Background: Creating the conditions for meaningful relationships is essential to understanding Aboriginal worldviews and co-designing ways of working to achieve better health outcomes. Non-Aboriginal health professionals struggle to recognise the importance of social relationships to Aboriginal peoples and tensions emerge due to these different worldviews informed by different ontologies and epistemologies. This is more so in clinical settings where training and models of care are often inadequate for working with Aboriginal people. The impact of different understandings of relationships on the provision of health services to Aboriginal peoples remains under-researched. There is a critical need to reassess the way clinicians are supported by their organisations to engage with Aboriginal clients in competent and meaningfully ways.
Methods: The paper provides key insights into an Aboriginal-led participatory action research project and the work of Aboriginal Elder co-researchers with non-Aboriginal mainstream service staff to better understand the importance of social relationships from an Aboriginal worldview. The paper critically engages literature on clinical service provision for Aboriginal peoples, along with an examination of the Australian Psychological Society Code of Conduct, to explore the tensions between professional training and the need to build relationships with Aboriginal clients.
Findings: Through the Elders, non-Aboriginal service staff have expanded their understanding of Aboriginal culture, kinship and the importance of country to Aboriginal wellbeing. The Elders mentored staff to unpack the tensions between worldviews in clinical settings. The research resulted in a co-designed culturally safe framework for non-Aboriginal practitioners, which is building confidence, capacity and competence to work in partnership with Aboriginal peoples. The framework emphasis the need for culturally safe models of care. The Elders have supported non-Aboriginal staff to sit between the two worldviews to develop ways to work with Aboriginal clients and shift mainstream models of mental health care to improve the wellbeing of Aboriginal people.
Introduction: Mainstream Australian mental health services are failing Aboriginal young people. Despite investing resources, improvements in well-being have not materialised. Culturally and age appropriate ways of working are needed to improve service access and responsiveness. This Aboriginal-led study brings Aboriginal Elders, young people and youth mental health service staff together to build relationships to co-design service models and evaluation tools. Currently, three Western Australian youth mental health services in the Perth metropolitan area and two regional services are working with local Elders and young people to improve their capacity for culturally and age appropriate services. Further Western Australian sites will be engaged as part of research translation.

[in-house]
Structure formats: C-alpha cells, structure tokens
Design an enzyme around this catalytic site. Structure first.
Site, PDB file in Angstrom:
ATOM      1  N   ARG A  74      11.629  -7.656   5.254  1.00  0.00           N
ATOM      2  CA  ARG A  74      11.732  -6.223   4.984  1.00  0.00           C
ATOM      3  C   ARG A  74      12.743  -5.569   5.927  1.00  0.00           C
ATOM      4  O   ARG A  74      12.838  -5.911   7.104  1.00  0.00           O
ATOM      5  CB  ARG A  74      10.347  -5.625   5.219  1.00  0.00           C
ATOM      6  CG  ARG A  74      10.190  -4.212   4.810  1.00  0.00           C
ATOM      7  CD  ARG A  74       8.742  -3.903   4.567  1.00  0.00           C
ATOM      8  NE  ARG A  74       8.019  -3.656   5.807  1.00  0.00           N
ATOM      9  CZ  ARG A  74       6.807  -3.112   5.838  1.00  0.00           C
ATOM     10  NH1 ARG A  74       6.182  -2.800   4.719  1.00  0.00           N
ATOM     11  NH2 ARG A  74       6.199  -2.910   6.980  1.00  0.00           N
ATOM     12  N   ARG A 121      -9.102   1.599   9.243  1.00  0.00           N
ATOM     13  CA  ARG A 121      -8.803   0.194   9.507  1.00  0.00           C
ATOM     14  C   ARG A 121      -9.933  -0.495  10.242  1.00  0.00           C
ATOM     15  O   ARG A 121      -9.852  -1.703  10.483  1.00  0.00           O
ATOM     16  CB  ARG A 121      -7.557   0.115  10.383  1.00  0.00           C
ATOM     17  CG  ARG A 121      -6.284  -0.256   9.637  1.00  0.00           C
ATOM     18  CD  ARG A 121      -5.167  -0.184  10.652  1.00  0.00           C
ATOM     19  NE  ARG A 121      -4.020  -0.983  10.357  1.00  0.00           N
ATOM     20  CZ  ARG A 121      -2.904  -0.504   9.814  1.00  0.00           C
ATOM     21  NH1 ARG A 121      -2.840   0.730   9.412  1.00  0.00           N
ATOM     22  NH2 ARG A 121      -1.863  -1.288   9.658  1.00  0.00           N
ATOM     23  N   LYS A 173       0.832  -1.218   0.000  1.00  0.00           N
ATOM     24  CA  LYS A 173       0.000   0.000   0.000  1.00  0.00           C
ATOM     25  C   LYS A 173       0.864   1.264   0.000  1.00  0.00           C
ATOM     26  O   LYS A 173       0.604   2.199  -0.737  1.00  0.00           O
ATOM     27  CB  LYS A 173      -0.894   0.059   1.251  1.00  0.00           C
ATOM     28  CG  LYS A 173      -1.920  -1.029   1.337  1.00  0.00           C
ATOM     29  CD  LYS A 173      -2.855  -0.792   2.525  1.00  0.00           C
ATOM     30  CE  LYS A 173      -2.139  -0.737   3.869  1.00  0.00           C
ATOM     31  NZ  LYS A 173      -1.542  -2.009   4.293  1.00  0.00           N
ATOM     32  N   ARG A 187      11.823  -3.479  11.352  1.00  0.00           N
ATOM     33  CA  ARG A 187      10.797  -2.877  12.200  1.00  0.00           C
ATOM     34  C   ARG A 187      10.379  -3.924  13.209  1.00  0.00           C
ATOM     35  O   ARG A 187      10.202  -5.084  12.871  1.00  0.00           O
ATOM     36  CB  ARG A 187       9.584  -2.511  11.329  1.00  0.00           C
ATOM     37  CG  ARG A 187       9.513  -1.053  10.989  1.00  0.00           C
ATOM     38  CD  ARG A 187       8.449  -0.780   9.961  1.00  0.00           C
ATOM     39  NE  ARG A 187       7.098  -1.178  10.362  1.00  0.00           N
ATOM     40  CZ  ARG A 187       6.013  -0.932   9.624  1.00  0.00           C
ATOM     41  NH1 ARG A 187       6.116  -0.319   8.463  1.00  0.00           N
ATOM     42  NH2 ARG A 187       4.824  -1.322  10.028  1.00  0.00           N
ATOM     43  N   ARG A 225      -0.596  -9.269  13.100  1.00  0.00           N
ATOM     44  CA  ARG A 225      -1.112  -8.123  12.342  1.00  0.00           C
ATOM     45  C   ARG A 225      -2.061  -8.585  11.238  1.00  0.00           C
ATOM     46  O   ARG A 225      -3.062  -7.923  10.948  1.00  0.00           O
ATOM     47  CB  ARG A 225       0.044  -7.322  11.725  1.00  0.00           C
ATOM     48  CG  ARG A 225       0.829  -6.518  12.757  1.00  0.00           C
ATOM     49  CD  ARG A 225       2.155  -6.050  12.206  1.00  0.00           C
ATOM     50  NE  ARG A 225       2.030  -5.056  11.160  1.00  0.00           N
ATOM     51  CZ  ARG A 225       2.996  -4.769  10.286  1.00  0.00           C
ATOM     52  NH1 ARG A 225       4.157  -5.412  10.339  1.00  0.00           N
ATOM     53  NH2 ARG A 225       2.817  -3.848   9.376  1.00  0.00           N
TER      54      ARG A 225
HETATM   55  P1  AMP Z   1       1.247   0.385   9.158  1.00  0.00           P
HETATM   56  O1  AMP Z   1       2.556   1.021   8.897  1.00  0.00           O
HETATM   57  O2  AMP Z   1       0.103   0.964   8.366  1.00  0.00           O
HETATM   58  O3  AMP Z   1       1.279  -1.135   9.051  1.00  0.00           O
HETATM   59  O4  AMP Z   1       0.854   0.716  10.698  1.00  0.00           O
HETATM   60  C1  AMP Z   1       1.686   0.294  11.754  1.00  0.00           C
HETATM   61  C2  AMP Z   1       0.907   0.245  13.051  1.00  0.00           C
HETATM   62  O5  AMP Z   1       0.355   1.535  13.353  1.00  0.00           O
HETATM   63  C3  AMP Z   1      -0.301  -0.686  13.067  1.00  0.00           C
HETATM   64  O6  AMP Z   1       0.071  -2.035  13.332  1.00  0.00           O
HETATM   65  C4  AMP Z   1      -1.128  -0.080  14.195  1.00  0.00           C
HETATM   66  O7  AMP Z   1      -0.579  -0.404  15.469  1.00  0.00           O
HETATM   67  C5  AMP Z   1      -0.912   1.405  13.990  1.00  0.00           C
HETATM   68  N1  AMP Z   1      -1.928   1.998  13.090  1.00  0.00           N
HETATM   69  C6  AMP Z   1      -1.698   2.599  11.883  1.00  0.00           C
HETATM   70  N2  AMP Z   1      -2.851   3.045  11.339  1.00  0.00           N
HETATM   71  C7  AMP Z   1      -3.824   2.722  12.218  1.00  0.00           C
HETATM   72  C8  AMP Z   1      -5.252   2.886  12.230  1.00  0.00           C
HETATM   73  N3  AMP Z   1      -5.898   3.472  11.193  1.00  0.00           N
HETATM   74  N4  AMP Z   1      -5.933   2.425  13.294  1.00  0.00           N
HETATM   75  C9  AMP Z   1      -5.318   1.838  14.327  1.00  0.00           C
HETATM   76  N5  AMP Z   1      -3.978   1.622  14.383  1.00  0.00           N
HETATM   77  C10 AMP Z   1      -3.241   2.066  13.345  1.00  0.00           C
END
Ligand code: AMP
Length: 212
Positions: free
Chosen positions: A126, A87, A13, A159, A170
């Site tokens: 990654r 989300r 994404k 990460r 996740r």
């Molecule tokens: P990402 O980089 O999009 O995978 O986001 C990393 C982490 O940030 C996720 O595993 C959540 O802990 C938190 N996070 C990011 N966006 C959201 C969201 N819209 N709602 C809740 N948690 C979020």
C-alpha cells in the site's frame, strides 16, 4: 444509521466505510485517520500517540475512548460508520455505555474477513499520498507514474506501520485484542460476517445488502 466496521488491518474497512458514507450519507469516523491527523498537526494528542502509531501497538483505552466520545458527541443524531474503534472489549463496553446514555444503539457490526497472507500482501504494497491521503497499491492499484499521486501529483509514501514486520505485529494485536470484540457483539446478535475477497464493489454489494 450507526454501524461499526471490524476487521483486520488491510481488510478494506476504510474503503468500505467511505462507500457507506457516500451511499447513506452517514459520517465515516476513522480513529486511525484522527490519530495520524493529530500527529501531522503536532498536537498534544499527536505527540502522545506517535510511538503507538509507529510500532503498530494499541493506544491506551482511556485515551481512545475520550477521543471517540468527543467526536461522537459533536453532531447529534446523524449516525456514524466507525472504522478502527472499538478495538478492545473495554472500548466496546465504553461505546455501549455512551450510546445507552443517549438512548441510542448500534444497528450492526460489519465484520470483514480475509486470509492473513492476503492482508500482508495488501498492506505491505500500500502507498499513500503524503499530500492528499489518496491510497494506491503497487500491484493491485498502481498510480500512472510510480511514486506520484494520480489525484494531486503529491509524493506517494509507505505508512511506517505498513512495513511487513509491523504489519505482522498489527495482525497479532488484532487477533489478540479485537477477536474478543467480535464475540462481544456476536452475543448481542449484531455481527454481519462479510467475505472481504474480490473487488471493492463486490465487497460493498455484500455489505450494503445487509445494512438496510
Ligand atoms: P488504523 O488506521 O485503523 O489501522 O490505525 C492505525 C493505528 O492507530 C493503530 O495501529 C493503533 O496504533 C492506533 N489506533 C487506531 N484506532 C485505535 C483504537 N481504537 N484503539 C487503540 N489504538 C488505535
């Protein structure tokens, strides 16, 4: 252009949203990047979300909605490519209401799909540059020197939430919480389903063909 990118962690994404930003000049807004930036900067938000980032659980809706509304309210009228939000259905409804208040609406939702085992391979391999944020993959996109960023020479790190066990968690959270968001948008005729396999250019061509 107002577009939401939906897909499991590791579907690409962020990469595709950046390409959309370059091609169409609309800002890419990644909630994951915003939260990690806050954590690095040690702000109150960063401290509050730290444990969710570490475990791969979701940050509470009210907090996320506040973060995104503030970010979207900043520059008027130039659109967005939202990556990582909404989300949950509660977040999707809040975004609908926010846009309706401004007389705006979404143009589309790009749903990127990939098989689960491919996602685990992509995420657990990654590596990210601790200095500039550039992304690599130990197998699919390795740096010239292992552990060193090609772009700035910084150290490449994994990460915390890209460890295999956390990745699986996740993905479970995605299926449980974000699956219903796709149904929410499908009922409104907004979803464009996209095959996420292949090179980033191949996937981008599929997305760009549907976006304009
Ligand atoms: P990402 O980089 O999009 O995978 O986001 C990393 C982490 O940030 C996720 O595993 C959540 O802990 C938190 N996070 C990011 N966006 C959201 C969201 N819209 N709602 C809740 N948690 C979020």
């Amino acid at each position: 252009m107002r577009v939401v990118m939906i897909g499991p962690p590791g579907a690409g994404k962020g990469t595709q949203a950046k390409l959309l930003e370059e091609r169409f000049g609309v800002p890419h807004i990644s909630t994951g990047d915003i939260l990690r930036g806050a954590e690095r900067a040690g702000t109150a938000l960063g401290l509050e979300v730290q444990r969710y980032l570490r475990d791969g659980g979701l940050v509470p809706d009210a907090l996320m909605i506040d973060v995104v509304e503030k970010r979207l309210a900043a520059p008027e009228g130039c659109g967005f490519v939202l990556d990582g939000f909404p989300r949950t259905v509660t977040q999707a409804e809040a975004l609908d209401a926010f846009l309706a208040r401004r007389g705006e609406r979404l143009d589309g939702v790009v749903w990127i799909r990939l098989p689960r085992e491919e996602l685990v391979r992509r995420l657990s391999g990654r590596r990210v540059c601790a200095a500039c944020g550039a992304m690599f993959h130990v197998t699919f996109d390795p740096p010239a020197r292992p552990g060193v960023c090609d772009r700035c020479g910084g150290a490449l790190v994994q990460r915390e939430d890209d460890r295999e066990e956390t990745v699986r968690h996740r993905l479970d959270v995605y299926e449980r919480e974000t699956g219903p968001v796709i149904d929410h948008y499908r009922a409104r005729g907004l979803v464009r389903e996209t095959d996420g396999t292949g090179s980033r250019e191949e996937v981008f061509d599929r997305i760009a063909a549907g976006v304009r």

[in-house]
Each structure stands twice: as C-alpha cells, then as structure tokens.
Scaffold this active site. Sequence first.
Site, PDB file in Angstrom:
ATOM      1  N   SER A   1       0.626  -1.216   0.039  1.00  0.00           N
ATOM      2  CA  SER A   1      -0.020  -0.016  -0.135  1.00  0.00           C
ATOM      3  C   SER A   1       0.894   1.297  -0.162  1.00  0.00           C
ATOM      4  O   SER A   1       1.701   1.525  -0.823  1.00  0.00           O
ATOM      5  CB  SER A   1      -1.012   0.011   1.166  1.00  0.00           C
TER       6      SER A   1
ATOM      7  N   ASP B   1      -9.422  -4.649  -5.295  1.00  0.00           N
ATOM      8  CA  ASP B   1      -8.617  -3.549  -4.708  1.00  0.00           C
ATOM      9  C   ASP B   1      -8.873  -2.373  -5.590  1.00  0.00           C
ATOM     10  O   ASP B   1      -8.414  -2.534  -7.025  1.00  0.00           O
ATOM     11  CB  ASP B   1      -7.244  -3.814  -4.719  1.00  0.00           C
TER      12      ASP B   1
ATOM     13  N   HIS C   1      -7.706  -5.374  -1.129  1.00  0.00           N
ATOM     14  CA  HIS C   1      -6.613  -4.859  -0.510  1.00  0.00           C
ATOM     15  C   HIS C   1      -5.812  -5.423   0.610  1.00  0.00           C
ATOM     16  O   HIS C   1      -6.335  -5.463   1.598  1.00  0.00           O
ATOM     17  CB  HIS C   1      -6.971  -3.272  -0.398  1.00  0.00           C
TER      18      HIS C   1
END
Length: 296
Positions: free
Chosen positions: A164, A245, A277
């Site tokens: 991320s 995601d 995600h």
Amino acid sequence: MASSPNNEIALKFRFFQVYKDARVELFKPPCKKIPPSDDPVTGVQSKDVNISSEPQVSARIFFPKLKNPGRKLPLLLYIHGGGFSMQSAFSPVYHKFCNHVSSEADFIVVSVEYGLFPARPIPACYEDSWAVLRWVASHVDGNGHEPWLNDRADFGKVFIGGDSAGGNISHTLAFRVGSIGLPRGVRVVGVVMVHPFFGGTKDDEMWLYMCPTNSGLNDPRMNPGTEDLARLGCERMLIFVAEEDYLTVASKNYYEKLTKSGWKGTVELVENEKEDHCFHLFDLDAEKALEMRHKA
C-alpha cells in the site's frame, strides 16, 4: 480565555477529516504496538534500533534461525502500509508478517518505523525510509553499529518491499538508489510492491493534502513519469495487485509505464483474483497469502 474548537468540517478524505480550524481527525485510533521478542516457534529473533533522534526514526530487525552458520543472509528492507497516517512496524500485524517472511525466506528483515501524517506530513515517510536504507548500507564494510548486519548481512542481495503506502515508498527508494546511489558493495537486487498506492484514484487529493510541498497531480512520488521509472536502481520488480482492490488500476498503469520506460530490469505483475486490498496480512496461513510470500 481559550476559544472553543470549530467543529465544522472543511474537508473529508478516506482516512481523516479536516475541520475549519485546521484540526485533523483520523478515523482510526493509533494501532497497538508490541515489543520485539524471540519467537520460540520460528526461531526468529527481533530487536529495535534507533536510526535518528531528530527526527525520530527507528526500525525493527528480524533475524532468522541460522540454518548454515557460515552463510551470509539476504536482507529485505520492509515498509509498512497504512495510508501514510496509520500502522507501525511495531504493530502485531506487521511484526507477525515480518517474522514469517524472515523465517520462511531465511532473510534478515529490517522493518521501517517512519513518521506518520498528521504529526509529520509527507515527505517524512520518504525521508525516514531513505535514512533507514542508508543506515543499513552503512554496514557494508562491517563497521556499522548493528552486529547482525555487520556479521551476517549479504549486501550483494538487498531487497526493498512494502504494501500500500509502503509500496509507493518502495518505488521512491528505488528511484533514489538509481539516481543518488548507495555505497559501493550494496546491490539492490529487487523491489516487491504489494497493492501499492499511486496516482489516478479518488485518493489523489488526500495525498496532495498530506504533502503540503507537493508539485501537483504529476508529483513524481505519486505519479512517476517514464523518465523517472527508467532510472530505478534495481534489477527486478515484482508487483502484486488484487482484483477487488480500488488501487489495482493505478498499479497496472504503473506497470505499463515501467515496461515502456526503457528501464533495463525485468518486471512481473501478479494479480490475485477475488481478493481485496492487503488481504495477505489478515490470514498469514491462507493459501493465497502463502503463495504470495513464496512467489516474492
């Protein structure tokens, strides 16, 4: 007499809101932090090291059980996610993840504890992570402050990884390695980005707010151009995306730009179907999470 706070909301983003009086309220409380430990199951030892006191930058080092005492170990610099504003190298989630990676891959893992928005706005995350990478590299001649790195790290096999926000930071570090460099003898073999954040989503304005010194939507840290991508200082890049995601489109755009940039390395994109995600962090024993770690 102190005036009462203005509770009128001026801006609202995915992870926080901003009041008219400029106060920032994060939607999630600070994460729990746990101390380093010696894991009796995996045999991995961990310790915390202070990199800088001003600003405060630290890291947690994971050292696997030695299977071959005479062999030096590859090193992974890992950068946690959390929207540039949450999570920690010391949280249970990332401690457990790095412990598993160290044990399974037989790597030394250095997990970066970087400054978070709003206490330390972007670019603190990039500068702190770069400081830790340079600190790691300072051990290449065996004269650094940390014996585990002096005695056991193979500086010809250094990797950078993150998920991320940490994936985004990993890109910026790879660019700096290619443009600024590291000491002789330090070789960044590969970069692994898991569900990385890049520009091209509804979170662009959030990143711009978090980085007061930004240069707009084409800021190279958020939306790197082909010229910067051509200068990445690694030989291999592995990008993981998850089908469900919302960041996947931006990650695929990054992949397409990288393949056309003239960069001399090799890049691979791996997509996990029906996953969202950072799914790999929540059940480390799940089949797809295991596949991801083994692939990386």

Methods and analysis: Relationships ground the study, which utilises Indigenous methodologies and participatory action research. This involves Elders, young people and service staff as co-researchers and the application of a decolonising, strengths-based framework to create the conditions for engagement. It foregrounds experiential learning and Aboriginal ways of working to establish relationships and deepen non-Aboriginal co-researchers’ knowledge and understanding of local, place-based cultural practices. Once relationships are developed, co-design workshops occur at each site directed by local Elders and young people. Co-designed evaluation tools will assess any changes to community perceptions of youth mental health services and the enablers and barriers to service engagement.
Ethics and dissemination: The study has approval from the Kimberley Aboriginal Health Planning Forum Kimberley Research Subcommittee, the Western Australian Aboriginal Health Ethics Committee, and the Curtin University Human Research Ethics Committee. Transferability of the outcomes across the youth mental health sector will be directed by the co-researchers and is supported through Aboriginal and non-Aboriginal organisations including youth mental health services, peak mental health bodies and consumer groups. Community reports and events, peer-reviewed journal articles, conference presentations and social and mainstream media will aid dissemination.
The National Mental Health Consumer and Carer Forum and the National Primary Health Network Mental Health Lived Experience Engagement Network acknowledge the Traditional Custodians of the lands and waters on which we work and live on across Australia. We recognise their continuing connection to land, waters, culture and community. We pay our respects to Elders past and present.
“A lived experience recognises the effects of ongoing negative historical impacts and or specific events on the social and emotional wellbeing of Aboriginal and Torres Strait Islander peoples. It encompasses the cultural, spiritual, physical, emotional and mental wellbeing of the individual, family or community.
“People with lived or living experience of suicide are those who have experienced suicidal thoughts, survived a suicide attempt, cared for someone through a suicidal crisis, been bereaved by suicide or having a loved one who has died by suicide, acknowledging that this experience is significantly different and takes into consideration Aboriginal and Torres Strait Islander peoples ways of understanding social and emotional wellbeing.” - Aboriginal and Torres Strait Islander Lived Experience Centre
We welcome Aboriginal and Torres Strait Islander people to this site and invite them to provide any feedback or items for inclusion.
We also recognise people with lived and living experience of mental ill-health and recovery and the experience of people who are carers, families, kin, or supporters.